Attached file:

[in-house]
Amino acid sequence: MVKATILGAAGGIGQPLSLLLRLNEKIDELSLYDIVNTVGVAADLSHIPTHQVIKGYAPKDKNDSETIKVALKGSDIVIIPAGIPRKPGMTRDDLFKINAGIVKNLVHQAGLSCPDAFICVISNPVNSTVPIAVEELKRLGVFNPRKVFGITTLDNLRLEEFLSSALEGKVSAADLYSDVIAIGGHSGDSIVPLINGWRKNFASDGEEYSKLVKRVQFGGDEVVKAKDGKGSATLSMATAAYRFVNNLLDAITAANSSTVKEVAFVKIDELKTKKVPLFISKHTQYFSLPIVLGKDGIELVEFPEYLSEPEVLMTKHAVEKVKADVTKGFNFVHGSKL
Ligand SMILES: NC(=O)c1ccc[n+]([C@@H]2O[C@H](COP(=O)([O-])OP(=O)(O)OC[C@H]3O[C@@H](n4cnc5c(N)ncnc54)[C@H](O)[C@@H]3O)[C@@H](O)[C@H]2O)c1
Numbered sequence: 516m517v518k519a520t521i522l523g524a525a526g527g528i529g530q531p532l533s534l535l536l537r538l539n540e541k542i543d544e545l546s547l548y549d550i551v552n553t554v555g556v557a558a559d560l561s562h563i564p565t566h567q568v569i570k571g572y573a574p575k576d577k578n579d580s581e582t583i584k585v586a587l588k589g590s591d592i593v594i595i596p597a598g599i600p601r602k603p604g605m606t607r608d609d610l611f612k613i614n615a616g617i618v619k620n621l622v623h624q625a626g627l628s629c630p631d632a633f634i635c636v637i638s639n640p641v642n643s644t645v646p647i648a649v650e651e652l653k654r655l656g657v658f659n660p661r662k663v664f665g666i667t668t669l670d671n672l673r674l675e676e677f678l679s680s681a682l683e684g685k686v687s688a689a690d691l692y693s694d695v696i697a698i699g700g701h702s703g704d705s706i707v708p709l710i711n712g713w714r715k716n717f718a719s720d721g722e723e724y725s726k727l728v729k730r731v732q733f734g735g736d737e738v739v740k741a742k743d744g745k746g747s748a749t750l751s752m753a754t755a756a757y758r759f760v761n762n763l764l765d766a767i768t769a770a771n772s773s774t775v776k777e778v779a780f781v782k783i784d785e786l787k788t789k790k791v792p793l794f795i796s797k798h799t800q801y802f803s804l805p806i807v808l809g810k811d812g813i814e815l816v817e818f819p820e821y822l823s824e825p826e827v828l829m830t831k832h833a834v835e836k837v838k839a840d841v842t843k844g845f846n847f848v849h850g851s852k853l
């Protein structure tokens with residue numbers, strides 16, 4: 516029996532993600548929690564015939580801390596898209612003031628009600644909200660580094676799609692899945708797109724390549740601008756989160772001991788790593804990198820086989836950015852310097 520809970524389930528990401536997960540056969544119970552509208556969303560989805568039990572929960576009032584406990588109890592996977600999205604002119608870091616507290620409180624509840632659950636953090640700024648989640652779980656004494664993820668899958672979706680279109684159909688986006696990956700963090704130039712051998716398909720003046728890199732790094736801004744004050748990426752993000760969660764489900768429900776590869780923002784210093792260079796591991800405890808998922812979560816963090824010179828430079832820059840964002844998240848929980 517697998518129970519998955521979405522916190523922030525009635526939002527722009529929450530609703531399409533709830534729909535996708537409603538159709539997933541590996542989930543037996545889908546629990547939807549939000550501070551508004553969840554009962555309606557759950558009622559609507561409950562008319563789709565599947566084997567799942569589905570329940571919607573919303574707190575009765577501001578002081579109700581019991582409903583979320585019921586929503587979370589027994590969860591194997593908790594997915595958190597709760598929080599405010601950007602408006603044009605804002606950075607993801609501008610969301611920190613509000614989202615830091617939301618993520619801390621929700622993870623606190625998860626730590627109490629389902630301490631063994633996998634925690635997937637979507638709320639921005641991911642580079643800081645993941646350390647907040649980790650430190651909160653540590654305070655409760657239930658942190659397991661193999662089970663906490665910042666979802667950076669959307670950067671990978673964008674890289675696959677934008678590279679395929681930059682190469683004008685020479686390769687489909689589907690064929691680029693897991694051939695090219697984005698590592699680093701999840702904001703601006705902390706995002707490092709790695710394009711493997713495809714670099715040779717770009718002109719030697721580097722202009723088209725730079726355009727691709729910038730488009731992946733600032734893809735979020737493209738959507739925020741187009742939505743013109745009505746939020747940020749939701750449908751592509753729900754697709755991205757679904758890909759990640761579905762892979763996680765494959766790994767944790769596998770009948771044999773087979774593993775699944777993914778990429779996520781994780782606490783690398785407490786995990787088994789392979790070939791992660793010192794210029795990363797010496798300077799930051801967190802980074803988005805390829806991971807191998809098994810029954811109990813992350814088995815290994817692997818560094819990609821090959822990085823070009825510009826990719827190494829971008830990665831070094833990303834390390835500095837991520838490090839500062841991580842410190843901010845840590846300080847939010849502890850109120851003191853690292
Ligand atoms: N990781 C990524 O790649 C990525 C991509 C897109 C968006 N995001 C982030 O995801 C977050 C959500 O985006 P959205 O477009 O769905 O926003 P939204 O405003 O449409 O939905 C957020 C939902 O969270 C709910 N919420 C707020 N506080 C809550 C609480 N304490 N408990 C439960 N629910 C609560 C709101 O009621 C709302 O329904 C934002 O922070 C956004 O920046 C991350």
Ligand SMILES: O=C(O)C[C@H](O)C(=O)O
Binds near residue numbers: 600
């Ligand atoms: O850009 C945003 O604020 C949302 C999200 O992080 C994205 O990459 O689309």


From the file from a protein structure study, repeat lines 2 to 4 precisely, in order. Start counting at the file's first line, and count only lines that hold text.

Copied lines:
Amino acid sequence: MVKATILGAAGGIGQPLSLLLRLNEKIDELSLYDIVNTVGVAADLSHIPTHQVIKGYAPKDKNDSETIKVALKGSDIVIIPAGIPRKPGMTRDDLFKINAGIVKNLVHQAGLSCPDAFICVISNPVNSTVPIAVEELKRLGVFNPRKVFGITTLDNLRLEEFLSSALEGKVSAADLYSDVIAIGGHSGDSIVPLINGWRKNFASDGEEYSKLVKRVQFGGDEVVKAKDGKGSATLSMATAAYRFVNNLLDAITAANSSTVKEVAFVKIDELKTKKVPLFISKHTQYFSLPIVLGKDGIELVEFPEYLSEPEVLMTKHAVEKVKADVTKGFNFVHGSKL
Ligand SMILES: NC(=O)c1ccc[n+]([C@@H]2O[C@H](COP(=O)([O-])OP(=O)(O)OC[C@H]3O[C@@H](n4cnc5c(N)ncnc54)[C@H](O)[C@@H]3O)[C@@H](O)[C@H]2O)c1
Numbered sequence: 516m517v518k519a520t521i522l523g524a525a526g527g528i529g530q531p532l533s534l535l536l537r538l539n540e541k542i543d544e545l546s547l548y549d550i551v552n553t554v555g556v557a558a559d560l561s562h563i564p565t566h567q568v569i570k571g572y573a574p575k576d577k578n579d580s581e582t583i584k585v586a587l588k589g590s591d592i593v594i595i596p597a598g599i600p601r602k603p604g605m606t607r608d609d610l611f612k613i614n615a616g617i618v619k620n621l622v623h624q625a626g627l628s629c630p631d632a633f634i635c636v637i638s639n640p641v642n643s644t645v646p647i648a649v650e651e652l653k654r655l656g657v658f659n660p661r662k663v664f665g666i667t668t669l670d671n672l673r674l675e676e677f678l679s680s681a682l683e684g685k686v687s688a689a690d691l692y693s694d695v696i697a698i699g700g701h702s703g704d705s706i707v708p709l710i711n712g713w714r715k716n717f718a719s720d721g722e723e724y725s726k727l728v729k730r731v732q733f734g735g736d737e738v739v740k741a742k743d744g745k746g747s748a749t750l751s752m753a754t755a756a757y758r759f760v761n762n763l764l765d766a767i768t769a770a771n772s773s774t775v776k777e778v779a780f781v782k783i784d785e786l787k788t789k790k791v792p793l794f795i796s797k798h799t800q801y802f803s804l805p806i807v808l809g810k811d812g813i814e815l816v817e818f819p820e821y822l823s824e825p826e827v828l829m830t831k832h833a834v835e836k837v838k839a840d841v842t843k844g845f846n847f848v849h850g851s852k853l